PM Modi, Joe Biden stress on ‘strategic partnership based on trust’ at Japan meet
During the bilateral meeting, the two sides launched the India-US Initiative on Critical and Emerging Technologies, jointly led by their National Security Councils, to expand partnership in critical and emerging technologies
NEW DELHI: With an intent to cooperate on critical technologies, India and the United States on Tuesday launched an initiative spearheaded by their National Security Councils as Prime Minister Narendra Modi and President Joe Biden pledged to work jointly for a rules-based international order, and a connected and secure world.
The two leaders met in Tokyo on the sidelines of the Quad Summit and reviewed progress under the bilateral comprehensive global strategic partnership, and committed to deepen the India-US Major Defence Partnership. The talks also focused on increasing cooperation in global health, pandemic preparedness and critical and emerging technologies.
In his remarks to the media before the meeting, Modi said the two sides have a strategic partnership based on trust, and their common interests in defence and their shared values have strengthened the bond of trust. “I am absolutely sure the India-US friendship will continue to be a force for good for global peace and stability, for sustainability of the planet and for human development,” he said.
Biden said both democracies are delivering through bilateral cooperation and the Quad for the world. He added that the new Indo-Pacific Economic Framework (IPEF) and the Indo-Pacific Partnership for Maritime Domain Awareness reflect the vision of the two sides for a more connected and secure world. “I am committed to making the US-India partnership among the closest we have on Earth,” he said.
During the meeting that lasted a little more than half an hour, the two sides launched the India-US Initiative on Critical and Emerging Technologies (iCET), jointly led by their National Security Councils, to expand partnership in critical and emerging technologies. The initiative will forge closer links between government, academia and industry in areas such as artificial intelligence, semiconductors, quantum computing, 5G and 6G, biotech and space.
The external affairs ministry said the bilateral comprehensive strategic global partnership is underpinned by a shared commitment to democratic values, rule of law and a commitment to uphold a rules-based international order. A readout from the White House said the two leaders pledged to work together for a more prosperous, free, connected and secure world.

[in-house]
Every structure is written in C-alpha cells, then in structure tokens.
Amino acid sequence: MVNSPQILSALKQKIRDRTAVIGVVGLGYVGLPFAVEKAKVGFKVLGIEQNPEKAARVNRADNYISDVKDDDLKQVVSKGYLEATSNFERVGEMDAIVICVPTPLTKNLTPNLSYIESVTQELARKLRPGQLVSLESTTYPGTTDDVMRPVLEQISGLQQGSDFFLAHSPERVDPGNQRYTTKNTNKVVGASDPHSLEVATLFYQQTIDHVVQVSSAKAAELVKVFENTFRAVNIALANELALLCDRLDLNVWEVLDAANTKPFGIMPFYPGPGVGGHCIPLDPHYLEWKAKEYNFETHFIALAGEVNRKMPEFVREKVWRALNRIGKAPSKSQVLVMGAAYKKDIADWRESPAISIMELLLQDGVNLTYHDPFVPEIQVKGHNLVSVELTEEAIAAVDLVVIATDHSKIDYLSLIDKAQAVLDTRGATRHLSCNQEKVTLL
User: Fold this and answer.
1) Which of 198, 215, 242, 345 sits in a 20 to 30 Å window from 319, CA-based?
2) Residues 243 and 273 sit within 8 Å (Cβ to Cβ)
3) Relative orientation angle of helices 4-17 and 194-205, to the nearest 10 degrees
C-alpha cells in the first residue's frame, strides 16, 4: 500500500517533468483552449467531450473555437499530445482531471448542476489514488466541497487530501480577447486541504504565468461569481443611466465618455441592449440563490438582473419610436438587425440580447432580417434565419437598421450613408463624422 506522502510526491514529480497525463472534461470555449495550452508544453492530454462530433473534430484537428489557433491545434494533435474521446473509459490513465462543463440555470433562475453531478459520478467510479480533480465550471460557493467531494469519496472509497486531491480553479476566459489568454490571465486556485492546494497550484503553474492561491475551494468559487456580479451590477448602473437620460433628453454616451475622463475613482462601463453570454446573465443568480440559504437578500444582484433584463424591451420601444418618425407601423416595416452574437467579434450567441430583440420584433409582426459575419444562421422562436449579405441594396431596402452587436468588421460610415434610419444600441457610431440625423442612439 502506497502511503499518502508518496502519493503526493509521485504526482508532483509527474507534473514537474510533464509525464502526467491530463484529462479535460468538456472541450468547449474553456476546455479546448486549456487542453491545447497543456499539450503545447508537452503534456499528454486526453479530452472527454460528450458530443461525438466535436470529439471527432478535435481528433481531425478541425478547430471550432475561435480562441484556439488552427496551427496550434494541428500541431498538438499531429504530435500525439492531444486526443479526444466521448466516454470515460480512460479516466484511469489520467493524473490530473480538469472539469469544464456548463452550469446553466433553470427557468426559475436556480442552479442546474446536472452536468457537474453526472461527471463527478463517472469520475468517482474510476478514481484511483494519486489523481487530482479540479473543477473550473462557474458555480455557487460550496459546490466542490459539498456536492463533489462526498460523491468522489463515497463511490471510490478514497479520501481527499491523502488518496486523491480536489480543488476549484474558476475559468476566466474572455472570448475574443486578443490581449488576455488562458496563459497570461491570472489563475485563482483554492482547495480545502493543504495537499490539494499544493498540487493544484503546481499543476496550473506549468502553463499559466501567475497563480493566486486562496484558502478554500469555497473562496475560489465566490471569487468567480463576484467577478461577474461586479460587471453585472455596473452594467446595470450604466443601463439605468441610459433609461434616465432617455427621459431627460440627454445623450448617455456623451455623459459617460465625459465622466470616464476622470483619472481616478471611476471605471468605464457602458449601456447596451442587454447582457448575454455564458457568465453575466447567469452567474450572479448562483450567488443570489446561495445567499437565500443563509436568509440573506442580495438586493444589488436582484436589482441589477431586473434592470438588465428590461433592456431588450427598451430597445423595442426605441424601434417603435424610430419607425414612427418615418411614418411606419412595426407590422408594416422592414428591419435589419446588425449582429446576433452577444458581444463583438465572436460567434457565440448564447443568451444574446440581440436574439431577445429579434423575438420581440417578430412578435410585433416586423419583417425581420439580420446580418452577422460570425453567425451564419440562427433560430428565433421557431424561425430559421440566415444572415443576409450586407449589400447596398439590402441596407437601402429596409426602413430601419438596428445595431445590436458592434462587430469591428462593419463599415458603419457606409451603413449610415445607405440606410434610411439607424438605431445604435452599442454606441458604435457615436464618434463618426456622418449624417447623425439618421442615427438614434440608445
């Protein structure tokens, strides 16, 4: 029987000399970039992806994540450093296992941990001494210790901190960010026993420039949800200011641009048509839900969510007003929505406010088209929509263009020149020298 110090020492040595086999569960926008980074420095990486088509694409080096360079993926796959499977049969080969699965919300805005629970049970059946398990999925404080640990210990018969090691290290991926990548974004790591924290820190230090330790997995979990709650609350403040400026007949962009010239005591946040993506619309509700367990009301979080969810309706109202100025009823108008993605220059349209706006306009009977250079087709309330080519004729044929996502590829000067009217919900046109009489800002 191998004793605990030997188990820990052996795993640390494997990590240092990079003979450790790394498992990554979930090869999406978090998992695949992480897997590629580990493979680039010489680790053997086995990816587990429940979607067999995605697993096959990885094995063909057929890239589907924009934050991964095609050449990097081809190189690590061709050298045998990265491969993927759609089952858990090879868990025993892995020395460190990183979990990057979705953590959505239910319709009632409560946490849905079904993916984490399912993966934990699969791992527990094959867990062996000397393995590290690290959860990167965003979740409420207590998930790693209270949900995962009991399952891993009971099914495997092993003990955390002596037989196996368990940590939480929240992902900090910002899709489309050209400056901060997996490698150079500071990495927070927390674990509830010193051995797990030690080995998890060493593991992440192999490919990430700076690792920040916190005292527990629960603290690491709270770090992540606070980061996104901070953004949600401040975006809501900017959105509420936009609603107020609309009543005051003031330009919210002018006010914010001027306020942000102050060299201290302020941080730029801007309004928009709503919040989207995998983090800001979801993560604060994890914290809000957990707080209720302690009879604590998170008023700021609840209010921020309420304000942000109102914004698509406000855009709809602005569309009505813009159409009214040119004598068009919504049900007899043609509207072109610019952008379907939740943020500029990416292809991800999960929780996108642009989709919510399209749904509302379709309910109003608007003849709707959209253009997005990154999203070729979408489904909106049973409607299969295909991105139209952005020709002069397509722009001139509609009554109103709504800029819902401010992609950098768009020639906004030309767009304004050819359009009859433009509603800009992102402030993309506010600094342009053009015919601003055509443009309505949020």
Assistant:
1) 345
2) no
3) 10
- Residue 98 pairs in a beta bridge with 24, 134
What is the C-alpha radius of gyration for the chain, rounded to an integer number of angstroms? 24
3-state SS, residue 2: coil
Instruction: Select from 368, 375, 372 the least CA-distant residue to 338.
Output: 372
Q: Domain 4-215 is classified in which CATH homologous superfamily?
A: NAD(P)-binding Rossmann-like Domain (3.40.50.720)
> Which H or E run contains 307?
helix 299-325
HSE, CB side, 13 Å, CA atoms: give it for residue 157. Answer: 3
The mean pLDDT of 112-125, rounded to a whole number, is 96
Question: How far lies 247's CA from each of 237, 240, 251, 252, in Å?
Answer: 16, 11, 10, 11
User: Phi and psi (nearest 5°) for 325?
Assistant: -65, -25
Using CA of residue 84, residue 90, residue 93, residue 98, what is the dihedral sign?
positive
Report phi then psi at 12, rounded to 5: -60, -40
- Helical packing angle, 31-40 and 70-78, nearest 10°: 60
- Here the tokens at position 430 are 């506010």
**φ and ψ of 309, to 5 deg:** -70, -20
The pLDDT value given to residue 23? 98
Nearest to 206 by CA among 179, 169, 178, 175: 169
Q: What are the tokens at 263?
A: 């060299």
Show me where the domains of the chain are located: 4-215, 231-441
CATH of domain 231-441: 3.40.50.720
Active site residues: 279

While describing defence and security cooperation as a crucial pillar of the bilateral agenda, the two sides discussed ways to strengthen collaboration in this field. Modi invited US industry to partner with India to “manufacture in India under the ‘Make in India’ and ‘Aatma Nirbhar Bharat’, or self-reliant India, programmes”, the external affairs ministry said.
The two sides announced India’s joining the Combined Maritime Forces (CMF)-Bahrain as an associate member. CMF, which is led by a US vice-admiral, was established in 2001 to counter international terrorism and piracy; it currently has 34 members. It also has three task forces devoted to maritime security in the Gulf of Oman and the Indian Ocean, the Arabian Gulf and the Red Sea and the Gulf of Aden, and another for counter-piracy.
The two sides will also expand cooperation in new defence domains, including through space and cyber, and launch a dialogue on artificial intelligence this year.
In the health sector, India and the US extended their Vaccine Action Programme (VAP) till 2027 to continue joint biomedical research, which has already led to the development of vaccines and related technologies. This programme was launched in 1987 to support cooperation in areas such as novel vaccine research and human immunology, and is renewed every five years.
The US will join six of India’s Technology Innovation Hubs to support 25 joint research projects in 2022 in areas such as artificial intelligence and data science that can benefit agriculture, health and climate. The US National Science Foundation and India’s Department of Science and Technology will deepen this cooperation through iCET.
Biden also raised the Ukraine crisis during the meeting and condemned “Russia’s unjustifiable war”. The readout from the White House said the two leaders are committed to continue providing humanitarian assistance and also discussed “how to cooperate to manage disruptions caused by the war in Ukraine”, especially the rise in energy and food prices.
The statement issued by the external affairs ministry contained no reference to Ukraine. The Indian side has, in the past as well, stopped short of any public criticism of Russia’s action and called for respecting territorial integrity and sovereignty of States. It has also sought an end to hostilities and a return to dialogue and diplomacy.
Ahead of the meeting, Biden told the media that he intended to discuss the effects of “Russia’s brutal and unjustified invasion of Ukraine” and its impact on the world order. “The US and India are going to continue consulting closely on how to mitigate these negative effects,” he said.